Sunday, June 6, 2010

1958: “Johnny B. Goode” by Chuck Berry

Chuck Berry’s position in rock and roll is akin to that of Duke Ellington’s in jazz: The finest composer from within the music itself, whose standards provided the rich soil out of which the genre would eventually grow and flourish. And no song was earthier than the one that began, “Way down in Louisiana, down in New Orleans…”

Almost thirty years after its release, Chuck Berry mused on the song’s origin in his autobiography. “The gateway from freedom, I was led to understand, was somewhere ‘close to New Orleans’ where most Africans were sorted through and sold,” he wrote,

I had driven through New Orleans on tour and I’d been told my great grandfather lived ‘way back up in the woods among the evergreens’ in a log cabin. I revived the era with a story about a “colored boy name[d] Johnny B. Goode.” My first thought was to make his life follow as my own had come along, but I thought it would seem biased to white fans to say “colored boy” and changed it to “country boy.”

“Johnny B. Goode” is more than just Chuck Berry’s finest song, but the finest and most famous song in all of rock and roll. Instantly recognizable from its opening bars, “Johnny B. Goode” is rock and roll’s version of the American Dream; as a piece of mythmaking, it’s on par with Benjamin Franklin’s Autobiography or Mark Twain’s The Adventures of Huckleberry Finn. The title character could be black or white, Chuck Berry or Elvis Presley: born poor into a log cabin, the kid picks up a guitar and makes good, dreaming his way to superstardom. Along the way, he goes from rags to riches, from country to city, and from social oppression to freedom.

As Berry points out, he placed Johnny in the “gateway from freedom,” the place where his own ancestors first brought in the New World to be bought and sold. (Berry also could have pointed out that New Orleans had Congo Square, where the African slave dances are often cited as the origin of jazz – and, one could add, all of the hot music that followed.) The freedom that had taken Berry’s ancestors several centuries and a Civil War to secure, Johnny can get by picking up a guitar and playing. And tellingly, Berry doesn’t have Johnny learn his talent from books, records, or an old master – instead, he plays guitar by the railroad track, strumming to the rhythm that the drivers made. It is here where Johnny first learns to “Go!,” that the only way out of his life and into his dreams is by constantly moving ahead like the train rattling right by him – taking its rhythm for his music, its forward drive for his determination.

And “Go!” Johnny did. Countless answer records track Johnny’s progression through rock and roll, only the first of which was Berry’s own “Bye Bye Johnny,” which frames the original from the perspective of Johnny’s mother. First she continues the story by sending Johnny on a bus to make movies in Hollywood, then flashes back to how she bought his first guitar from gathering crops, and then flashes forward to when Johnny writes her that he had fallen in love. The song ends, appropriately, with Johnny building his wife a mansion by the railroad tracks.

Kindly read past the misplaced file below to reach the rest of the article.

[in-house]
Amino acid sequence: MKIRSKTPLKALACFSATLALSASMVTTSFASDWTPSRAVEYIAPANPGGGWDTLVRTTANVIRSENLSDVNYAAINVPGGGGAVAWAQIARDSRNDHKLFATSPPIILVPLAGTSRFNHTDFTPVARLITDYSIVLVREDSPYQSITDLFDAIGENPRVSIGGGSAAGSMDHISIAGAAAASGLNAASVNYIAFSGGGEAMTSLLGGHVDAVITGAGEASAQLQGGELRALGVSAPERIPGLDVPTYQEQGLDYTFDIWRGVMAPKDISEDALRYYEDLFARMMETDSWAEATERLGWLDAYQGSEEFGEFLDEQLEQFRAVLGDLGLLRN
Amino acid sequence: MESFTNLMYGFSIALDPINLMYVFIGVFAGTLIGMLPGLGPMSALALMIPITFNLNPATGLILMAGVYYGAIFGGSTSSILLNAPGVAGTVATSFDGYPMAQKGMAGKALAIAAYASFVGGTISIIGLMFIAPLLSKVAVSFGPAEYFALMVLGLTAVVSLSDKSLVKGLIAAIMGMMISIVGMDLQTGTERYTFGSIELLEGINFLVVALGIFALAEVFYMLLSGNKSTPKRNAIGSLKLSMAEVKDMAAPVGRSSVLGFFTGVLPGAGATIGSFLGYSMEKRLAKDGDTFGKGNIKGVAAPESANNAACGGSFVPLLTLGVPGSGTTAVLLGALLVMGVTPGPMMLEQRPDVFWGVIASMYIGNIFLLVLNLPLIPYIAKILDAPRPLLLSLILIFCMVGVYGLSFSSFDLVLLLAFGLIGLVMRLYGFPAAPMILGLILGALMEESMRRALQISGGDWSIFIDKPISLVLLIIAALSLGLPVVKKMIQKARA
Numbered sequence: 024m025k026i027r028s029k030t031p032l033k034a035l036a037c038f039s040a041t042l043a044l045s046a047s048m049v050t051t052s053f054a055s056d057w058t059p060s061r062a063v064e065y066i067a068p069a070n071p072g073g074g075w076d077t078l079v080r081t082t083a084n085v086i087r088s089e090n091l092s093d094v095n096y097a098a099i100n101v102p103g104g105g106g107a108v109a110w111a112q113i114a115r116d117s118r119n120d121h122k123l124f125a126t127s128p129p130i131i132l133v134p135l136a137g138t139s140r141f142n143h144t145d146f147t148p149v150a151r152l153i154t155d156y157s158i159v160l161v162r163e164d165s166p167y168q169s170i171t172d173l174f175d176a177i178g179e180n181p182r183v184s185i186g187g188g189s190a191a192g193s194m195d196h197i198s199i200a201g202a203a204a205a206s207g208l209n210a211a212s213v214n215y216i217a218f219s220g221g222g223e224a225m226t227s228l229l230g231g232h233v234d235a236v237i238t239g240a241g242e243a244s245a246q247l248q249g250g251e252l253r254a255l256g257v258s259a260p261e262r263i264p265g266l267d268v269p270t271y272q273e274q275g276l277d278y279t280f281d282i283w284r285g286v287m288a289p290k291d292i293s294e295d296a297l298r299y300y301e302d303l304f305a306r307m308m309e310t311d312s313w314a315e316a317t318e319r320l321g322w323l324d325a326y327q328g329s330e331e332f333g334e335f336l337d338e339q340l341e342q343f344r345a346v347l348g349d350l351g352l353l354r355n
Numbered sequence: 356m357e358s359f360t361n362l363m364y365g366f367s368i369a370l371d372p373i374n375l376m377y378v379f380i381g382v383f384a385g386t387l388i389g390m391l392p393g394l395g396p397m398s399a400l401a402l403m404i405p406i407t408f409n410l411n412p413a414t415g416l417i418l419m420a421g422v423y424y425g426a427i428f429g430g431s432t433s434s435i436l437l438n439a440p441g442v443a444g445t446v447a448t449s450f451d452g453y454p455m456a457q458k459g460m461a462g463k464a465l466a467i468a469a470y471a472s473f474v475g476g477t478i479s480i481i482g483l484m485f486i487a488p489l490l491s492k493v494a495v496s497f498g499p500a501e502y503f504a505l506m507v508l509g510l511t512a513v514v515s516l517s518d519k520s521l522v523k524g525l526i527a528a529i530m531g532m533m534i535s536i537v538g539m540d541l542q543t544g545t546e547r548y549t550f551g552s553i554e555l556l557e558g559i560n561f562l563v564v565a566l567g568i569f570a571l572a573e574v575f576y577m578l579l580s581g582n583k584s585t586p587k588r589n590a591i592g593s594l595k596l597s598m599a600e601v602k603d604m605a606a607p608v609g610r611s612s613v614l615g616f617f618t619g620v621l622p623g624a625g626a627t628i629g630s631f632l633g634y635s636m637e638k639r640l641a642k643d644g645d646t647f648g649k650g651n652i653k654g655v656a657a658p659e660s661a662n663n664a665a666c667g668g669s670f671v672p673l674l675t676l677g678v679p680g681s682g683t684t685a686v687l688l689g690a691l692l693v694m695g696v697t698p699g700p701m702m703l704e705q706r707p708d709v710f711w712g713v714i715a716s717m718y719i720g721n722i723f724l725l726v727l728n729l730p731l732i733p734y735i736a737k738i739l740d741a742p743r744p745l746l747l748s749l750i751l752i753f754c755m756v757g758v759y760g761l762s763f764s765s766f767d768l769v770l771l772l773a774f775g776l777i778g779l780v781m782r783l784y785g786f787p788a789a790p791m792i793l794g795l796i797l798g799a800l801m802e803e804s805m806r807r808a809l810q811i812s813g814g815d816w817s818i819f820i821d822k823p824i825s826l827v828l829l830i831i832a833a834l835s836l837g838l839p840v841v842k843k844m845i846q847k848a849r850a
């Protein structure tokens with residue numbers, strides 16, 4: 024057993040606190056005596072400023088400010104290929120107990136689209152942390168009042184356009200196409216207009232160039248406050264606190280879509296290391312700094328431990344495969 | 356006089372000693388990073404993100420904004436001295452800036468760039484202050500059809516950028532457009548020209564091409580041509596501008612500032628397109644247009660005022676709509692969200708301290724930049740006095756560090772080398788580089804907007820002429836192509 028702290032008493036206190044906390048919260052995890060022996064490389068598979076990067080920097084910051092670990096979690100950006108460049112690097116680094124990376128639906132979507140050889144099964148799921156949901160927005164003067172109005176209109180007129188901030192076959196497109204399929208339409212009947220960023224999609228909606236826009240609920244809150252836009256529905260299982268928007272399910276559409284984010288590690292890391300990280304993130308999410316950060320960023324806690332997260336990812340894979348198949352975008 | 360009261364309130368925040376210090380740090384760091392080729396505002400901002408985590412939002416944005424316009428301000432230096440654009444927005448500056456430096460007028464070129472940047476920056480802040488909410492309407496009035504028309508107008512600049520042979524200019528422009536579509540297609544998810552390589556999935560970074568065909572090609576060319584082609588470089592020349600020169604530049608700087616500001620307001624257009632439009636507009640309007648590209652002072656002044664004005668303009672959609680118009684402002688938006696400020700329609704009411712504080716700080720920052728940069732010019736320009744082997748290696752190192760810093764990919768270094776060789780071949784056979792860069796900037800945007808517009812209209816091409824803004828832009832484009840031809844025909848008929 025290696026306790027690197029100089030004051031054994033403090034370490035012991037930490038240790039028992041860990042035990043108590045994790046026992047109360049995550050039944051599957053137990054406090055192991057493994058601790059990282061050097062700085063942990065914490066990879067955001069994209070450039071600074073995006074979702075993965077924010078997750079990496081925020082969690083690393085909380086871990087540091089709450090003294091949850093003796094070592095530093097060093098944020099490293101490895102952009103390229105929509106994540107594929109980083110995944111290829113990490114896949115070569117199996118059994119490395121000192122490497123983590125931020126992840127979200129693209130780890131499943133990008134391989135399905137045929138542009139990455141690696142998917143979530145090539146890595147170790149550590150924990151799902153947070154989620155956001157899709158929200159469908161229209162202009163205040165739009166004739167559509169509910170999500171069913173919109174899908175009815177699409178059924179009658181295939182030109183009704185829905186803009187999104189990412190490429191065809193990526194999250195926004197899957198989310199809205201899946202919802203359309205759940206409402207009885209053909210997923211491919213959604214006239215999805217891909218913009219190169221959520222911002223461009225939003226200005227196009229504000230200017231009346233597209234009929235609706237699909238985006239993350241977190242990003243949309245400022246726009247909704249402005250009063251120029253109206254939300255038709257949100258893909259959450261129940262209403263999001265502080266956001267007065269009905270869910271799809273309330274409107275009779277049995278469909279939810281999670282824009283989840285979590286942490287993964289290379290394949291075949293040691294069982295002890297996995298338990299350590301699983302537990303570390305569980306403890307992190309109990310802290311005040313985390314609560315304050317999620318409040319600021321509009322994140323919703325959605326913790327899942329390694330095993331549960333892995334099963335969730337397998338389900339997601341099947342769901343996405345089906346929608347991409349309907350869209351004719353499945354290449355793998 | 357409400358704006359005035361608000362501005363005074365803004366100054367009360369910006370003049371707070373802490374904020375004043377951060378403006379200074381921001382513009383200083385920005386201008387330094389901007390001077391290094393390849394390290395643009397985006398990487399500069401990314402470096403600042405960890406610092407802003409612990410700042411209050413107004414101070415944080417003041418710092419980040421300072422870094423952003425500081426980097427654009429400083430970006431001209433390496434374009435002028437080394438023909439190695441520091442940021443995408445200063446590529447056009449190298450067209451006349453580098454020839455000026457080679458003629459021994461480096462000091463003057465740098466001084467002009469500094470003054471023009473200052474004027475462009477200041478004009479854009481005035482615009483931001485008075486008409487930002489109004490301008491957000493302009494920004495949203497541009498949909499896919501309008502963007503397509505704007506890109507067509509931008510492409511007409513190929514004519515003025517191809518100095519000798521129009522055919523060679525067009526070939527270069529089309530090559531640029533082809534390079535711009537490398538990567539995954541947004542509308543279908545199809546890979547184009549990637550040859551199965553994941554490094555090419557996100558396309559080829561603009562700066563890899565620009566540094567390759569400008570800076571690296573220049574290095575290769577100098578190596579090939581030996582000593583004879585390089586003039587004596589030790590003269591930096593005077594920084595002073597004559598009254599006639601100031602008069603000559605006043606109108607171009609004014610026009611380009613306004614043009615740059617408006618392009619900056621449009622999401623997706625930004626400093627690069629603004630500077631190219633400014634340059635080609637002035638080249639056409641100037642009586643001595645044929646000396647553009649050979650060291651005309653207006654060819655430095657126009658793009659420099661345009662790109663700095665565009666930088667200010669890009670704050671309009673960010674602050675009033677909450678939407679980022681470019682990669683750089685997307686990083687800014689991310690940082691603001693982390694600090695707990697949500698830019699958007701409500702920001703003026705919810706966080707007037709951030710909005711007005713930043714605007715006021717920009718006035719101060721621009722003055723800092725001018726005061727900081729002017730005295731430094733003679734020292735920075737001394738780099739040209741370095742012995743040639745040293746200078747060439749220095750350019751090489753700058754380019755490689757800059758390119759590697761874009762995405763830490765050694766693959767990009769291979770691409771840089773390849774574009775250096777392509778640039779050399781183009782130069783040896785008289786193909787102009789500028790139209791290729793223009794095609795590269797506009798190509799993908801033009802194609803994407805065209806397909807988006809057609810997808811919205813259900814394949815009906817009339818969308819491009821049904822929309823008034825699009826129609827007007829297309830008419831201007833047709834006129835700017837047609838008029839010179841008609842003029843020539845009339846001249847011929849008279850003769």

But that was just the beginning. The figure of a restlessly motivated boy-child named Johnny crops up again and again in the best straight-ahead rock and roll music: it’s in John Lennon’s pep-talks to his fellow Beatles at the turn of the 1960s, where he’d say, “Where are we going, fellas?” to which they’d respond, “To the top, Johnny!”; it’s in Bob Dylan’s first Top 40 hit in 1965, “Subterranean Homesick Blues,” which began, “Johnny’s in the basement, mixing up the medicine”; it’s in the Kinks’ “Johnny Thunder” from their 1968 concept album The Kinks Are the Village Green Preservation Society, in which Johnny is the town’s misunderstood local rebel (complete with a motorcycle); it’s in the Slickers’ early reggae anthem “Johnny Too Bad,” featured in the 1972 film The Harder They Come, which finds Johnny as a Jamaican gangster, walking down the street with a ratchet and a pistol in his waist; it’s in Bruce Springsteen’s “Incident on 57th Street” from 1973, in which Johnny is a Spanish gang member, torn between the woman he loves and the street life he craves; it’s in Patti Smith’s epic title track from 1975’s Horses, where Johnny beats his head against the school locker until horses come running out in every direction; it’s in the sudden emergence of a foul-mouthed punk named Johnny Rotten who explodes with the Sex Pistols a year later and bring things full-circle by trying to cover “Johnny B. Goode,” only he can’t remember the words, and can only come up with: “Ayanlouisianayaya NEW ORLEANS!

This last Johnny doesn’t so much perform the song as he does destroy it; if one cannot imagine a better version than the one sung by Chuck Berry, one cannot imagine a worse version than the one sung by Johnny Rotten. Yet, in his own way, Rotten is using the song to reach for the same fleeting sense of freedom that Berry chased when he wrote it, another poor boy cashing in on his dream of the ultimate escape into stardom.

[This is from the continuing series “100 Years of American Recordings, 1891-1991.”]

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